_{i}) are defined by means of the collocation method, a matching process between the analytical representation and the experimental data for a certain number of points. Considering the Prony series parameters found by the collocation method, the static relaxation shear modulus as a function of time (time domain) can be predicted from the dynamic shear modulus as a function of frequency (frequency domain) by Equation (58). The relaxation property (m-value) is determined as the slope of the relaxation modulus curve, in logarithm scale, and is used in the VECD approach to determine the damage evolution rate of the material. This material property can be obtained by adjusting a power law function (Equation (59)) to the relaxation curve predicted by the Prony series, where G

_{0}and G

_{1}are material constants, t is the time, and m is the slope of the relaxation curve in the time domain.

_{LVE}, is equal to the dynamic shear modulus value that is measured by applying a small level of strain or stress within the linear-viscoelastic range of the material [16].

## 3. Studies on the Application of the VECD Theory

#### 3.1. Full Asphalt Mixture Approach

_{1}and C

_{2}(Equation (40)). Daniel and Kim [75] showed that a single CxS curve can be obtained for each material, regardless of the applied loading conditions (cyclic vs. monotonic, amplitude/rate, frequency). However, Lundström and Isacsson [76] indicated that it was difficult to generally predict fatigue results based on characteristic curves obtained from monotonic tests. A later study conducted by Keshavarzi and Kim [77] applied the viscoelastic continuum damage (VECD) theory to simulate asphalt concrete behavior under monotonic loading. In that study, direct tension monotonic testing that incorporated a constant crosshead displacement rate and four temperatures was used to simulate thermal cracking of asphalt concrete prepared with four reclaimed asphalt pavement (RAP) proportions. The predictions of monotonic simulation matched the measured data of the monotonic tests very well up to the point of maximum stress. More recently, Cheng et al. [66] observed that the asphalt mixture CxS curves were independent of the strain level, but affected by the loading waveform.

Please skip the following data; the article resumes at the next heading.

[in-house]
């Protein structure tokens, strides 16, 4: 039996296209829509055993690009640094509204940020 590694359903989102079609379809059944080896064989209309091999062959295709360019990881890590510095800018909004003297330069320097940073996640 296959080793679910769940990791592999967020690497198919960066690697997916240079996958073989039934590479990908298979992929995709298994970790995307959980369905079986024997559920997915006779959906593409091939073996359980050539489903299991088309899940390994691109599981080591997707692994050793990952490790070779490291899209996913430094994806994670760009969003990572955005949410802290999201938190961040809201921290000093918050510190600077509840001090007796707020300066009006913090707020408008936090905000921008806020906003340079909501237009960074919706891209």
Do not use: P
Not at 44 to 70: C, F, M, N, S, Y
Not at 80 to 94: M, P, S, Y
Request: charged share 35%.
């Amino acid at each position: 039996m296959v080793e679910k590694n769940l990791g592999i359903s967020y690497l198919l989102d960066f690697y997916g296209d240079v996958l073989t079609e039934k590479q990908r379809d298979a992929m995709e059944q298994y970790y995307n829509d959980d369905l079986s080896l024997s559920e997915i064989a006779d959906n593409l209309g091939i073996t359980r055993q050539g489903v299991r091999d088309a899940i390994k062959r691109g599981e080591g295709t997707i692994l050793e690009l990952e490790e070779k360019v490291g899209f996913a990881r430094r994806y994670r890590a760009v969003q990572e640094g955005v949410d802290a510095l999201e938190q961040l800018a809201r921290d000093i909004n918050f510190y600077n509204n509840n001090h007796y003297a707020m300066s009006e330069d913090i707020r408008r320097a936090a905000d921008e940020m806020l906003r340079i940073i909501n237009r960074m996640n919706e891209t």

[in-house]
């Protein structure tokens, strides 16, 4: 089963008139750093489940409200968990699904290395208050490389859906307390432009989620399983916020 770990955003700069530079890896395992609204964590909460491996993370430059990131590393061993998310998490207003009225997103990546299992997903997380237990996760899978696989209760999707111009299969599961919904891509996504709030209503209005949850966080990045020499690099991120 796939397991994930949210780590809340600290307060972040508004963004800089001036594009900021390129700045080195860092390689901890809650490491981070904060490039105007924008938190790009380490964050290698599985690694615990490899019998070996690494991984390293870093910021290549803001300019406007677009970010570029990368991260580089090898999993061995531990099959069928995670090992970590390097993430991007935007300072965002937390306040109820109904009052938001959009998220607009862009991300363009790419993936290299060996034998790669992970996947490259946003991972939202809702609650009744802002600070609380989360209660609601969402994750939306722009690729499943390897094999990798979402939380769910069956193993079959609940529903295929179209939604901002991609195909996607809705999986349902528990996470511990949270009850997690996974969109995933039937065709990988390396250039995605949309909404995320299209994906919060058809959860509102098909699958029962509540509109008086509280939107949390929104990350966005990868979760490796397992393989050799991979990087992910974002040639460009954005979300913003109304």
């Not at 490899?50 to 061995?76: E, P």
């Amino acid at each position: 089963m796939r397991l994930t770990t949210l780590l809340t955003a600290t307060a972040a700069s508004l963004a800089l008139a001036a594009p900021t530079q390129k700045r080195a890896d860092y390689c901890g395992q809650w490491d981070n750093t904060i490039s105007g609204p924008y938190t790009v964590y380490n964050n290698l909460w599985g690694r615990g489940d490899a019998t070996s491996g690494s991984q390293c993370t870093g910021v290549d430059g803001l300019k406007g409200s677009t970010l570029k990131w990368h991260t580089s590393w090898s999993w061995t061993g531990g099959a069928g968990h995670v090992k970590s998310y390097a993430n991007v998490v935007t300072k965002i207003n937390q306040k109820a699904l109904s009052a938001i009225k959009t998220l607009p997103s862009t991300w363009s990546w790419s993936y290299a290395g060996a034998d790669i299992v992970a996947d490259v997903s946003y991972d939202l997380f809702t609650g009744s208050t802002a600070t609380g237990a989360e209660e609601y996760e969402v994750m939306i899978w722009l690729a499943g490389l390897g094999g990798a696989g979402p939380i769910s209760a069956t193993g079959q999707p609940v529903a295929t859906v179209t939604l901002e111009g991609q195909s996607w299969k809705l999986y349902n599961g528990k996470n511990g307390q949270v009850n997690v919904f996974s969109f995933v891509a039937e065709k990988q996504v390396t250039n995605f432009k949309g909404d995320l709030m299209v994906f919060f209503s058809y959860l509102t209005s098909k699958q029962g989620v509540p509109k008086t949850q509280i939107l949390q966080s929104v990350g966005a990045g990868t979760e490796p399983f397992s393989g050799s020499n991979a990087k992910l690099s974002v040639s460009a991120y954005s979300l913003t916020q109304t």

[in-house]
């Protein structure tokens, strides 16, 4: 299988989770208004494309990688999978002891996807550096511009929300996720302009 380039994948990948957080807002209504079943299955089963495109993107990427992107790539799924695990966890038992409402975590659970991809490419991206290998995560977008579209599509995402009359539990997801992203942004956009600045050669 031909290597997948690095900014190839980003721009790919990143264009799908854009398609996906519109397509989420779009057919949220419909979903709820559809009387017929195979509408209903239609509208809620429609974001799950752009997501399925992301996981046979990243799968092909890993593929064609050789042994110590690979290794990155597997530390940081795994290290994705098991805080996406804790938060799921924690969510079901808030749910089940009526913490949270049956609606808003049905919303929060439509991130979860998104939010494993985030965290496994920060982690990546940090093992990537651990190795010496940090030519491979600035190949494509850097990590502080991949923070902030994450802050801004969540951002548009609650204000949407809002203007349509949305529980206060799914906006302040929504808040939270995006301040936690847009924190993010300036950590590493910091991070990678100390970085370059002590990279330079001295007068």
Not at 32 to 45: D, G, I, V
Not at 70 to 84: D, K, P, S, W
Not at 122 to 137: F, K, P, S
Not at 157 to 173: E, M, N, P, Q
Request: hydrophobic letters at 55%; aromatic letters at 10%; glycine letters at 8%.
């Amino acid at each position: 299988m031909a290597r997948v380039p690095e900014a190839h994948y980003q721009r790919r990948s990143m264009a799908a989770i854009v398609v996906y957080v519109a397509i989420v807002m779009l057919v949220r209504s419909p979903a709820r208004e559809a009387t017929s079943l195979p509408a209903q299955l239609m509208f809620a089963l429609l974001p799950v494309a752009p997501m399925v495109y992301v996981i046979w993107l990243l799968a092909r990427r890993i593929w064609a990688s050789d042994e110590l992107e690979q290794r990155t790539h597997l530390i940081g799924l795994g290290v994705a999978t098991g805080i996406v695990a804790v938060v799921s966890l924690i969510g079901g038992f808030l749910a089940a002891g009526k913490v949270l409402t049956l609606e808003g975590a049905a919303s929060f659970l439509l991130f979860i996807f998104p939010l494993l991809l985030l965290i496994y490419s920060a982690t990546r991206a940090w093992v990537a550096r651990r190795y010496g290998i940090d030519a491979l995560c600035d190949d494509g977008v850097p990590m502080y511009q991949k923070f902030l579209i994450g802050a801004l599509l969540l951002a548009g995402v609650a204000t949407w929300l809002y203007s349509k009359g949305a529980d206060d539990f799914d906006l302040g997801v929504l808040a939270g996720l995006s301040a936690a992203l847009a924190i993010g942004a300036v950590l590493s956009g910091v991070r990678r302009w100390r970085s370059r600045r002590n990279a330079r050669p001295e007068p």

#### 3.2. Fine Aggregate Matrix Approach

## 4. Analysis Protocol of Tests with FAM Using the S-VECD Approach

## 5. Application of the S-VECD Theory: Laboratory Tests and Discussion of Results

#### 5.1. Experimental Method—Materials and Preparation of the FAM Specimens

#### 5.2. Experimental Method: Fingerprint Test

_{LVE}) was the averaged |G*| values measured at 1 Hz in the fingerprint.

#### 5.3. Experimental Method: Damage Test

_{f}, which is the number of axle load repetitions capable of leading the material to failure, was predicted by employing the mechanistic fatigue life prediction model (Equation (51)) developed by Lee et al. [7] and Kim and Little [5]. The fatigue models were adjusted for a 50% reduction in the material’s pseudo stiffness. Figure 4a,b shows an example of the CxS curve and the fatigue curve obtained for a single specimen. The detailed description of the procedure devised to deal with replicates of the same FAM and to build the CxS and fatigue curves is presented in the next section. Figure 4a presents the CxS curve built from laboratory data and the power law fitted to the data for the specimen 1-FAM1. Figure 4b presents the fatigue curve for the specimen 1-FAM1.

#### 5.4. Analysis and Discussion of Results

_{LVE}, and the material relaxation rate, m) for each FAM specimen. Table 4 also shows the average linear-viscoelastic properties of each FAM and the coefficient of variation of each specimen. The specimen shape factor and the D